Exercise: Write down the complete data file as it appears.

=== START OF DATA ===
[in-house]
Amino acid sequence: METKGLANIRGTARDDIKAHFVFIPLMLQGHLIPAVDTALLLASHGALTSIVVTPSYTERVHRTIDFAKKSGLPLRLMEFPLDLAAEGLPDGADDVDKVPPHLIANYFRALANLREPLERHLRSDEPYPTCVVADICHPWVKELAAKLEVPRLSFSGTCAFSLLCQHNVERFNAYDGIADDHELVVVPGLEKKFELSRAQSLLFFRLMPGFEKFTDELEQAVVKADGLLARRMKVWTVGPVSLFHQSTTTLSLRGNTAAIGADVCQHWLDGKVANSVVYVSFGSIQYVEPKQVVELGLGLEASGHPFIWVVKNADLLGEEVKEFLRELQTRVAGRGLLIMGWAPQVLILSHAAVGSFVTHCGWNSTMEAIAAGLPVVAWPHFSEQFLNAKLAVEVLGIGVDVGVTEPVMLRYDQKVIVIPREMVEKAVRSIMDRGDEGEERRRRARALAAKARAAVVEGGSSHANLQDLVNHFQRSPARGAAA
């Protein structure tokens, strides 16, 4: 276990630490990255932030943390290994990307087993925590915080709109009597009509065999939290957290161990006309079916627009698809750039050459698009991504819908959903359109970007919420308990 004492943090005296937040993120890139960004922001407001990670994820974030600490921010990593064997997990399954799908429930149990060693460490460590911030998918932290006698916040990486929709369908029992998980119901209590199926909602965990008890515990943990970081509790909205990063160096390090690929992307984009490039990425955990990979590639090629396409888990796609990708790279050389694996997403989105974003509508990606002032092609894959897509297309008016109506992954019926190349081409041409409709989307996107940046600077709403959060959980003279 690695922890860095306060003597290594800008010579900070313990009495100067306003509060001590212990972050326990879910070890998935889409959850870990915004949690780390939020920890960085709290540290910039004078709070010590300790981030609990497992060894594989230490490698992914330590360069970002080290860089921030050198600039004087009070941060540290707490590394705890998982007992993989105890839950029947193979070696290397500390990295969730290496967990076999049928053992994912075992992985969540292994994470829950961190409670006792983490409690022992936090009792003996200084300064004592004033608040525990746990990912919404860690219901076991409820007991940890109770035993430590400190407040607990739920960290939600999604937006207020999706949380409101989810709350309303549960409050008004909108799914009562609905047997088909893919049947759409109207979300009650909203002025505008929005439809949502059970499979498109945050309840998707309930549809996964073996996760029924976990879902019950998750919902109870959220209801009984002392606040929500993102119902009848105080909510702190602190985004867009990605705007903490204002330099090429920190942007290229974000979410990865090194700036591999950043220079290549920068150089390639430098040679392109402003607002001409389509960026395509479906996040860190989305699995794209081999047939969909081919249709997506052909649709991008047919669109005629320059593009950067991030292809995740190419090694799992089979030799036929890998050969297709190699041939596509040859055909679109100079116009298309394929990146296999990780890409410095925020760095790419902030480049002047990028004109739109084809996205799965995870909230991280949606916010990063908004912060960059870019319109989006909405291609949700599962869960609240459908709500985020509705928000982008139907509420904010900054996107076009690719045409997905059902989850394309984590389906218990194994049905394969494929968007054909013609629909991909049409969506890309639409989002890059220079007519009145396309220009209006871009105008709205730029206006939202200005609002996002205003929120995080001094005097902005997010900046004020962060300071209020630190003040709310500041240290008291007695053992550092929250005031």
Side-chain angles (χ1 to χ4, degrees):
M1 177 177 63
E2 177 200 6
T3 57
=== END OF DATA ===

[in-house]
Amino acid sequence: METKGLANIRGTARDDIKAHFVFIPLMLQGHLIPAVDTALLLASHGALTSIVVTPSYTERVHRTIDFAKKSGLPLRLMEFPLDLAAEGLPDGADDVDKVPPHLIANYFRALANLREPLERHLRSDEPYPTCVVADICHPWVKELAAKLEVPRLSFSGTCAFSLLCQHNVERFNAYDGIADDHELVVVPGLEKKFELSRAQSLLFFRLMPGFEKFTDELEQAVVKADGLLARRMKVWTVGPVSLFHQSTTTLSLRGNTAAIGADVCQHWLDGKVANSVVYVSFGSIQYVEPKQVVELGLGLEASGHPFIWVVKNADLLGEEVKEFLRELQTRVAGRGLLIMGWAPQVLILSHAAVGSFVTHCGWNSTMEAIAAGLPVVAWPHFSEQFLNAKLAVEVLGIGVDVGVTEPVMLRYDQKVIVIPREMVEKAVRSIMDRGDEGEERRRRARALAAKARAAVVEGGSSHANLQDLVNHFQRSPARGAAA
């Protein structure tokens, strides 16, 4: 276990630490990255932030943390290994990307087993925590915080709109009597009509065999939290957290161990006309079916627009698809750039050459698009991504819908959903359109970007919420308990 004492943090005296937040993120890139960004922001407001990670994820974030600490921010990593064997997990399954799908429930149990060693460490460590911030998918932290006698916040990486929709369908029992998980119901209590199926909602965990008890515990943990970081509790909205990063160096390090690929992307984009490039990425955990990979590639090629396409888990796609990708790279050389694996997403989105974003509508990606002032092609894959897509297309008016109506992954019926190349081409041409409709989307996107940046600077709403959060959980003279 690695922890860095306060003597290594800008010579900070313990009495100067306003509060001590212990972050326990879910070890998935889409959850870990915004949690780390939020920890960085709290540290910039004078709070010590300790981030609990497992060894594989230490490698992914330590360069970002080290860089921030050198600039004087009070941060540290707490590394705890998982007992993989105890839950029947193979070696290397500390990295969730290496967990076999049928053992994912075992992985969540292994994470829950961190409670006792983490409690022992936090009792003996200084300064004592004033608040525990746990990912919404860690219901076991409820007991940890109770035993430590400190407040607990739920960290939600999604937006207020999706949380409101989810709350309303549960409050008004909108799914009562609905047997088909893919049947759409109207979300009650909203002025505008929005439809949502059970499979498109945050309840998707309930549809996964073996996760029924976990879902019950998750919902109870959220209801009984002392606040929500993102119902009848105080909510702190602190985004867009990605705007903490204002330099090429920190942007290229974000979410990865090194700036591999950043220079290549920068150089390639430098040679392109402003607002001409389509960026395509479906996040860190989305699995794209081999047939969909081919249709997506052909649709991008047919669109005629320059593009950067991030292809995740190419090694799992089979030799036929890998050969297709190699041939596509040859055909679109100079116009298309394929990146296999990780890409410095925020760095790419902030480049002047990028004109739109084809996205799965995870909230991280949606916010990063908004912060960059870019319109989006909405291609949700599962869960609240459908709500985020509705928000982008139907509420904010900054996107076009690719045409997905059902989850394309984590389906218990194994049905394969494929968007054909013609629909991909049409969506890309639409989002890059220079007519009145396309220009209006871009105008709205730029206006939202200005609002996002205003929120995080001094005097902005997010900046004020962060300071209020630190003040709310500041240290008291007695053992550092929250005031």
Side-chain angles (χ1 to χ4, degrees):
M1 177 177 63
E2 177 200 6
T3 57